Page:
- Swelling in the legs and feet
- Passing out or fainting, known as syncope
- Panic and anxiety
- Numbness or tingling in the hands and feet
- Fluttering or rapid heartbeat called palpitation
- Dizziness or lightheadedness
- Difficulty breathing or shortness of breath (often during physical activity or when lying flat)
- A racing or irregular heartbeat (arrhythmia)
Mitral valve prolapse can occur at any age. In fact, serious symptoms of mitral valve prolapse tend to occur most often by 50 years (in men). Other severe complications associated with this condition include – mitral valve regurgitation, heart rhythm problems (arrhythmias) and heart valve infection (endocarditis).
How Is Mitral Valve Prolapse Diagnosed and Treated?
As most people with mitral valve prolapse do not experience any specific symptoms, diagnosis is often done through a routine physical examination. The condition may be detected through a “click-murmur sound” which a physician can hear while listening to your heart with a stethoscope during a physical examination. The murmur sound is caused by some of the blood leaking back into the left atrium. In short, the click or murmur may be the only clinical sign.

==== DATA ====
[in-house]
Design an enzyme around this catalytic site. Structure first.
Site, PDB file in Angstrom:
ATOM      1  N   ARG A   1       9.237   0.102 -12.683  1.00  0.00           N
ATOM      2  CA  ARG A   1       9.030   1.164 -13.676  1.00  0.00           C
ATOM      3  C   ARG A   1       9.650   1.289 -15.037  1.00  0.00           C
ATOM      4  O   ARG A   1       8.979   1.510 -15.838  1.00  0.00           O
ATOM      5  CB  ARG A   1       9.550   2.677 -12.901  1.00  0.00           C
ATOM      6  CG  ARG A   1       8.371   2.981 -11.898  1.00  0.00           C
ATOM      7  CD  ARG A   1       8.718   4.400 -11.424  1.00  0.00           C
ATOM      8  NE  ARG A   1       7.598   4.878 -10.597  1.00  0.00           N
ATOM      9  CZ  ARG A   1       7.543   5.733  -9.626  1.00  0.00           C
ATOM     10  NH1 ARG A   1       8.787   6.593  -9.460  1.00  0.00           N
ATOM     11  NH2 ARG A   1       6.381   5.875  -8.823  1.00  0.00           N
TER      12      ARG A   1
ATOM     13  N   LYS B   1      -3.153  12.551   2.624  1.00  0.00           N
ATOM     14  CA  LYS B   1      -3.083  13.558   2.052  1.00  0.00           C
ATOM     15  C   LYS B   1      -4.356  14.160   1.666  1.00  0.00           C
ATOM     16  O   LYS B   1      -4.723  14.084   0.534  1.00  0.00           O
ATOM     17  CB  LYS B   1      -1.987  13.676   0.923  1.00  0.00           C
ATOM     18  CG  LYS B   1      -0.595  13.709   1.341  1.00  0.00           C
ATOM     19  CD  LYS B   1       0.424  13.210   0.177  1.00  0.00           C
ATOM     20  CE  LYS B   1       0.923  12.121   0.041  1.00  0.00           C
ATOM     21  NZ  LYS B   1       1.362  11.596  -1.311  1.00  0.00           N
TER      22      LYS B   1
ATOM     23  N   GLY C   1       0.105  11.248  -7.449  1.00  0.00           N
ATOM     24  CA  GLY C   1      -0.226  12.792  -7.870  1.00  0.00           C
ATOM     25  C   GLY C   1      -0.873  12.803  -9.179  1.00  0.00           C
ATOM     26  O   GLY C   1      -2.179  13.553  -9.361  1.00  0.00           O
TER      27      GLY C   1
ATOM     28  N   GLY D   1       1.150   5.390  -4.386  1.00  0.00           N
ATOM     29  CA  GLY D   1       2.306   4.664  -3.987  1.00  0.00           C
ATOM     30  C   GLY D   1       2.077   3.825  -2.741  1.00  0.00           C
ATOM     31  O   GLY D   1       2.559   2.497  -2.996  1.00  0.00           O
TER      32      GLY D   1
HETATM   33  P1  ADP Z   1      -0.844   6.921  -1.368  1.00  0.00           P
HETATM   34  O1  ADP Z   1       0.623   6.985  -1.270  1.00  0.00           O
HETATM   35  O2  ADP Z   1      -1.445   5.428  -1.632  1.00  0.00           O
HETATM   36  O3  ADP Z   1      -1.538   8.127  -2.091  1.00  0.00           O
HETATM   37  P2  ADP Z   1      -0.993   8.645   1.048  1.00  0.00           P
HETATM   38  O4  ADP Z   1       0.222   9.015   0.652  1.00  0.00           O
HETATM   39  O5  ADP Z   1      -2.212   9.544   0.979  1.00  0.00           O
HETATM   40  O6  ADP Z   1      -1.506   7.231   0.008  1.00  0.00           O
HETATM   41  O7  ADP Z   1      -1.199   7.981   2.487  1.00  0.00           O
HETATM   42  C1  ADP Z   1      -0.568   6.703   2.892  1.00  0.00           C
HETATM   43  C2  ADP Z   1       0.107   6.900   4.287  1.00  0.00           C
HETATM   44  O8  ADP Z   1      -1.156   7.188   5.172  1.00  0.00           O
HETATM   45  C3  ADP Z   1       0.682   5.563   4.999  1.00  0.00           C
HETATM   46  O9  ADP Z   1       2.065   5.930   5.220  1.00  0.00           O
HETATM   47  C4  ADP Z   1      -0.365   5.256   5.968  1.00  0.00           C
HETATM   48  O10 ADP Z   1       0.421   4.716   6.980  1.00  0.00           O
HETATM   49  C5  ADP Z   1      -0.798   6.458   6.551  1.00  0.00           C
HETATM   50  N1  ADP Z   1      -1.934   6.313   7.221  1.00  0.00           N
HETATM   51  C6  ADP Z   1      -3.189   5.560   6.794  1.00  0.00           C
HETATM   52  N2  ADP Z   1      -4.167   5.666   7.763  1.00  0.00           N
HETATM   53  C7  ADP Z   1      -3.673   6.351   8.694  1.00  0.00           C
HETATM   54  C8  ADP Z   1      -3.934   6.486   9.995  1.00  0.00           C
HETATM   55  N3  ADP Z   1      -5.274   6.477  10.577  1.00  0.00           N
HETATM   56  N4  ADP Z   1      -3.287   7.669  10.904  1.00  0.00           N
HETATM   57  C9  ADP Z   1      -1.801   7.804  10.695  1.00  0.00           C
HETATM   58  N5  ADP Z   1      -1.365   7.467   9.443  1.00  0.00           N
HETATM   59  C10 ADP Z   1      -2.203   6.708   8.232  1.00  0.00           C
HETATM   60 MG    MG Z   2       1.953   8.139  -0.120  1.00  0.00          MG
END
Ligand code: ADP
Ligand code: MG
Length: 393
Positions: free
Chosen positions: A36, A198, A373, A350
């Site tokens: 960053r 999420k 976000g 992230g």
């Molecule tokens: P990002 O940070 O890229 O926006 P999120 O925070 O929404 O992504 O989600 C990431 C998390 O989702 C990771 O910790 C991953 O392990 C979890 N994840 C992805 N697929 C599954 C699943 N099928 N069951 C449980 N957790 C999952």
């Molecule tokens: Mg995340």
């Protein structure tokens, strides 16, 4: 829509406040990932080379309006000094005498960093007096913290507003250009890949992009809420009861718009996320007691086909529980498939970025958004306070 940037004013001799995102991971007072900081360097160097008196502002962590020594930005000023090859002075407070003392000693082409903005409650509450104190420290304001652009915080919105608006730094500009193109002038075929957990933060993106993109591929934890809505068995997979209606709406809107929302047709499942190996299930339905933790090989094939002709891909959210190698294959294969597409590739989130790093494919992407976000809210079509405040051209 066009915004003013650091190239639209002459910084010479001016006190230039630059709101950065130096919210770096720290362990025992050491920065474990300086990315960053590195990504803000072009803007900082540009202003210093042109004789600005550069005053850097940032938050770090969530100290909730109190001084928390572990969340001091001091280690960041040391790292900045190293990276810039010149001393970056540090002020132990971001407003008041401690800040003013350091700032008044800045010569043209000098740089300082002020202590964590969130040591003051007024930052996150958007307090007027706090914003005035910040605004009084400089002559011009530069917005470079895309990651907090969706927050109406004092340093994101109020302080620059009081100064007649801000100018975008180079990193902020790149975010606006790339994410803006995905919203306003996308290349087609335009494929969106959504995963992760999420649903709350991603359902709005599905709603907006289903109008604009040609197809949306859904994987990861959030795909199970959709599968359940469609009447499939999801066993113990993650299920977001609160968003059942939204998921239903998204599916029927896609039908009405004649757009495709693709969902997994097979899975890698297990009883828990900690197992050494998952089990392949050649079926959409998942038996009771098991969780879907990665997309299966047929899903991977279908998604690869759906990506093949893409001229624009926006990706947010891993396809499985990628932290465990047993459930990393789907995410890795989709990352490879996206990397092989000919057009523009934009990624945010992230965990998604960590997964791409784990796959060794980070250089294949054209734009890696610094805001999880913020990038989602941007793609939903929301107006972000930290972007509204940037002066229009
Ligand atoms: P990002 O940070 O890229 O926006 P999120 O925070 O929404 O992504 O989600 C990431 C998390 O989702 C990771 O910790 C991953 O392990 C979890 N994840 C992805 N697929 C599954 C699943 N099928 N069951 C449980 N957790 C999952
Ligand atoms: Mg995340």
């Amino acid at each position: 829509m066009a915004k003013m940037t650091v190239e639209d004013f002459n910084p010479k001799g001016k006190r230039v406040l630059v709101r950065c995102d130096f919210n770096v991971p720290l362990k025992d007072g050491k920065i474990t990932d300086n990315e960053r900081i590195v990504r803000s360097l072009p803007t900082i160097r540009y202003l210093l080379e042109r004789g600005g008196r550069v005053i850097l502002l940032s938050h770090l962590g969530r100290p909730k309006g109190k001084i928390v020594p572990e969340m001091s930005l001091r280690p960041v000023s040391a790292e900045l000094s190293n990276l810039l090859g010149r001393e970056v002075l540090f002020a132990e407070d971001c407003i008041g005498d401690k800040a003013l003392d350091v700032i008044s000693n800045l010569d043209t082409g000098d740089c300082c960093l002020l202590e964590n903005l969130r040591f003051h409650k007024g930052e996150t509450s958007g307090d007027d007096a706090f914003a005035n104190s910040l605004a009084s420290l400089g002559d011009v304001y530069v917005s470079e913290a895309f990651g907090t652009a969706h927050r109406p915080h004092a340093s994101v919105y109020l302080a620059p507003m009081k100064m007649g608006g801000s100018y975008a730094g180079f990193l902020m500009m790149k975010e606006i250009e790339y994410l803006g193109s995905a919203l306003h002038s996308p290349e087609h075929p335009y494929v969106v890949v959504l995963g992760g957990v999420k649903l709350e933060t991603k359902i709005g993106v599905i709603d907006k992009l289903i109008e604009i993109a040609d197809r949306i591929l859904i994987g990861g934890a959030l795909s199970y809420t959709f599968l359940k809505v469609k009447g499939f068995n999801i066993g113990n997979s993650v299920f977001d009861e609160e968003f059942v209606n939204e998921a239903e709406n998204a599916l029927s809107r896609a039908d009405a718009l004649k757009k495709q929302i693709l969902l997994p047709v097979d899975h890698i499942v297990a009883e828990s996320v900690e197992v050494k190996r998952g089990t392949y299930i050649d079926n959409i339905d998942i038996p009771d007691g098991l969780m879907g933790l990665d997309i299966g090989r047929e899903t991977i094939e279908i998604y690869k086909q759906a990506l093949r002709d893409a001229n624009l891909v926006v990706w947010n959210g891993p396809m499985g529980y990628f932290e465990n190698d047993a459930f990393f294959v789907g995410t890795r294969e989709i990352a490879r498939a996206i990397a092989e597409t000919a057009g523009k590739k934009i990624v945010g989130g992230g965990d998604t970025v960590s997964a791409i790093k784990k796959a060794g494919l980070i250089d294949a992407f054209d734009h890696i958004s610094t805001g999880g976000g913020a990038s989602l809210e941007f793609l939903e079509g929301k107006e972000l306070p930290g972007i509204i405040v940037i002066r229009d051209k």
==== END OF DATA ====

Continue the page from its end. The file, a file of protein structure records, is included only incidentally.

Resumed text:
In addition, other diagnostic imaging tests like – Echocardiography, Transesophageal echocardiography, Cardiac Catheterization, Chest X-ray, Electrocardiogram (ECG), Radionuclide scans, Magnetic resonance imaging (MRI), Coronary angiogram and stress test may also be performed to evaluate your heart condition.
Generally, people with mitral valve prolapse (who do not experience any symptoms) do not require any specific treatment. Physicians in such cases may normally recommend regular follow-up examinations to monitor the condition (depending on the severity of the disease). On the other hand, for people who experience symptoms and if a significant amount of blood is leaking through the mitral valve, physicians may recommend treatment options like medications or surgery. Medications include – beta blockers, heart rhythm medications, blood thinners and water pills (diuretics). Surgery to repair or replace the mitral valve will be suggested for people who have severe mitral regurgitation resulting from a floppy mitral leaflet, rupture of the chordae tendineae, or extreme lengthening of the valve. Valve repair and replacement may be performed using open-heart surgery or minimally invasive surgery. In about 10 to 15 percent of people with MVP, further treatment is required.